### Cardiac parasympathetic innervation cannot inhibit SA node/atrial foci/junctional foci, but it can inhibit ventricular foci.

• A.

True

• B.

False

B. False
Explanation
ardiac parasympathetic innervation can inhibit SA node/atrial foci/junctional foci producing a pause, but it cannot inhibit ventricular foci

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• 40.

### Premature atrial beat is every other beat

• A.

Atrial Bigeminy

• B.

Atrial Trigeminy

A. Atrial Bigeminy
Explanation
Atrial bigeminy is a cardiac arrhythmia characterized by premature atrial beats occurring every other beat. This means that after every normal beat, there is a premature beat originating from the atria. This results in a pattern of alternating normal and premature beats, hence the term "bigeminy." Atrial trigeminy, on the other hand, refers to premature atrial beats occurring every third beat. Since the given description matches atrial bigeminy, it is the correct answer.

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• 41.

### What would cause an  inverted P’ immediately before premature QRS?

• A.

Premature junctional beat causing retrograde atrial depolarization

• B.

Premature junctional beat causing retrograde atrial repolarization

• C.

Premature atrial beat causing retrograde atrial depolarization

A. Premature junctional beat causing retrograde atrial depolarization
Explanation
A premature junctional beat occurs when the electrical signals in the heart originate from the junction between the atria and the ventricles, instead of the normal site in the atria. In this case, the premature junctional beat causes an abnormal depolarization of the atria, which is conducted in a retrograde manner towards the atria. This retrograde atrial depolarization results in an inverted P' wave immediately before the premature QRS complex.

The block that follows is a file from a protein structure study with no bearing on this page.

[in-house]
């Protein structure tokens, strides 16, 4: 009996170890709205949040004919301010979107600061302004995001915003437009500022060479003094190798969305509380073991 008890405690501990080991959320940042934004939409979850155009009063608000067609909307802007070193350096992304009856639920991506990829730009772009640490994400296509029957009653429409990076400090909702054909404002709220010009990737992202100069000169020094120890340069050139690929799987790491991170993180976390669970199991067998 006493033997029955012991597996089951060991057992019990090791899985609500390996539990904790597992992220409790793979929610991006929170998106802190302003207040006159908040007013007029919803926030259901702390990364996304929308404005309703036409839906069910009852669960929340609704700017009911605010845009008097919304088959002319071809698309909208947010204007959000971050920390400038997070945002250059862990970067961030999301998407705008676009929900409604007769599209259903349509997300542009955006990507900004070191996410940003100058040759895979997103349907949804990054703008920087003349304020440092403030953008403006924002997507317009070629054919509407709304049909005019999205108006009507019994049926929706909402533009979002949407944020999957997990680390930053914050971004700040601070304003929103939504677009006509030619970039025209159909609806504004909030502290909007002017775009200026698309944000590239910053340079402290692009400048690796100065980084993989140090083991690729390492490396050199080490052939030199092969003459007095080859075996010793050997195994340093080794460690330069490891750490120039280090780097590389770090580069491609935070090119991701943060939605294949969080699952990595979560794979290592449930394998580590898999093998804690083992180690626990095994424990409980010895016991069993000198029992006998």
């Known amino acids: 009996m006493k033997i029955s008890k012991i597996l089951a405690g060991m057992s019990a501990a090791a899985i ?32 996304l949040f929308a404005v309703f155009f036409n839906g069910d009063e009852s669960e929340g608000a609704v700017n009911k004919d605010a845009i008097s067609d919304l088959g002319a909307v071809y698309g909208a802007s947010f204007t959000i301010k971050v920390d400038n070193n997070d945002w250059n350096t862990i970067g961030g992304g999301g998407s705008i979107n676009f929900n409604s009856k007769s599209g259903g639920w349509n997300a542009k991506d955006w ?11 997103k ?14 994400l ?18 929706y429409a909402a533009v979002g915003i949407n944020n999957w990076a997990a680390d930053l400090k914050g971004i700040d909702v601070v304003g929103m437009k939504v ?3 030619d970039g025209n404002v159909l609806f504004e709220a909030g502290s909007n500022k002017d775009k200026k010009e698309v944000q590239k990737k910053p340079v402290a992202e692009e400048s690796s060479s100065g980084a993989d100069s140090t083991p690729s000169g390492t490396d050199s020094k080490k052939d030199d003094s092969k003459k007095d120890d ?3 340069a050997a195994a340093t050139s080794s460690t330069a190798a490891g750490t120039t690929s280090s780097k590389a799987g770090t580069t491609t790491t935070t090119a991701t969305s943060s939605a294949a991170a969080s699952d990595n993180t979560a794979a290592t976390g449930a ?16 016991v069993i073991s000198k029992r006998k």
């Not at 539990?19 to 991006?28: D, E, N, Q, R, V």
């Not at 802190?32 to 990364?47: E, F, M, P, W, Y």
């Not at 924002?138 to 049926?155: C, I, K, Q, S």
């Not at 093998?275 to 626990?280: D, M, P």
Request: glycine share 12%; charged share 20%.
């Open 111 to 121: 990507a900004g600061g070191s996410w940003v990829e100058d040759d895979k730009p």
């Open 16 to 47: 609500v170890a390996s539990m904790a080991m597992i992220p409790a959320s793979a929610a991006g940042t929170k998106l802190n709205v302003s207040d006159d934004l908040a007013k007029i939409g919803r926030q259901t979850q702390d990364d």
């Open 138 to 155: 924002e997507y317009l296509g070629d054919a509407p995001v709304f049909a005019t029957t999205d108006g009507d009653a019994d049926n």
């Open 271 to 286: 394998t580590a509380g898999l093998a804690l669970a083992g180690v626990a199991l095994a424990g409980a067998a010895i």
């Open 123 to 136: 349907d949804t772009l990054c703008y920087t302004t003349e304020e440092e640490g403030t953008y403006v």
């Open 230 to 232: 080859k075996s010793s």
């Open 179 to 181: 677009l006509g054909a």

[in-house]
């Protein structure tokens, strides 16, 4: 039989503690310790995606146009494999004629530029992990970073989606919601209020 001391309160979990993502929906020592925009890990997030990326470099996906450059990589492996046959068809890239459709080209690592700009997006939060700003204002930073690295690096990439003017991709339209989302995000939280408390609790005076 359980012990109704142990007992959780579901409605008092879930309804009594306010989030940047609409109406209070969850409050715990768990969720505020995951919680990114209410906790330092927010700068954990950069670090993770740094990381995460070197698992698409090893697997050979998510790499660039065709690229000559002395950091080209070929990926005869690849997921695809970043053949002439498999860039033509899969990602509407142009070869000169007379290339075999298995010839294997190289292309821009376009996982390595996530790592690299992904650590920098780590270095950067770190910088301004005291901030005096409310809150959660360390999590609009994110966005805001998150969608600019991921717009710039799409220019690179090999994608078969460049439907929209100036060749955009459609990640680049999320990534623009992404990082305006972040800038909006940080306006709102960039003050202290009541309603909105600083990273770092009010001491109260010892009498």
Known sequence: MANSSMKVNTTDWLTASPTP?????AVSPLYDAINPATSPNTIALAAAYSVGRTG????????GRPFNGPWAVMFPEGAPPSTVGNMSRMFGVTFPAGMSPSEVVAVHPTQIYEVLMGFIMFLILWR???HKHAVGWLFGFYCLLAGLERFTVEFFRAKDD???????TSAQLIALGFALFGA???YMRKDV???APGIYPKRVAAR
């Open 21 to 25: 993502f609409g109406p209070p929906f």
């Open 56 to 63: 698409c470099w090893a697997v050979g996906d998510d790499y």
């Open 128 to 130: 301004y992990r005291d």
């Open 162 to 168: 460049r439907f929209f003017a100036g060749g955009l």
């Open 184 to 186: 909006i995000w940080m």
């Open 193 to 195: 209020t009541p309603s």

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• 42.

### 3 or more PVC’s in a row is also known as what? Use full answer, or standard abbreviation.

Ventricular Tachycardia
VT
ventricular tachycardia
Explanation
When a person experiences 3 or more premature ventricular contractions (PVCs) in a row, it is referred to as Ventricular Tachycardia (VT). VT is a condition characterized by a rapid heart rate originating from the ventricles, the lower chambers of the heart. It can be potentially life-threatening and may require medical intervention. The abbreviation "VT" is commonly used to represent Ventricular Tachycardia.

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• 43.

### If a PVC falls on a ___ wave, it could lead to serious arrhythmias. This is known as ____ on ____ phenomenon.

• A.

T; R,T

• B.

T; S,T

• C.

R; T,U

• D.

P; Q,R

A. T; R,T
Explanation
When a PVC (premature ventricular contraction) falls on a T wave, it can cause serious arrhythmias. This phenomenon is known as "R on T" phenomenon.

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• 44.

### The rate of Paroxysmal tachycardia is typically:

• A.

350+ bpm

• B.

150-250 bpm

• C.

150-300 bpm

• D.

250-350 bpm

B. 150-250 bpm
Explanation
Paroxysmal tachycardia is a condition characterized by sudden, rapid heartbeats that start and stop abruptly. The correct answer, 150-250 bpm, indicates that the typical heart rate during an episode of paroxysmal tachycardia falls within this range. This means that during an episode, the heart rate can range from 150 beats per minute to 250 beats per minute.

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• 45.

### Match the definition below with its appropriate vocab term: "A continuous reentry circuit in AV node or lower atria that rapidly paces atria and ventricles (can only be eliminated by catheter ablation)"

• A.

SVT

• B.

PVT

• C.

PAT

• D.

AVNRT

D. AVNRT
Explanation
AVNRT stands for atrioventricular nodal reentrant tachycardia. It is a type of supraventricular tachycardia (SVT) characterized by a continuous reentry circuit in the atrioventricular (AV) node or lower atria. This abnormal circuit causes rapid pacing of both the atria and ventricles, leading to a fast heart rate. AVNRT can only be eliminated by a procedure called catheter ablation, which involves destroying the abnormal electrical pathway in the heart.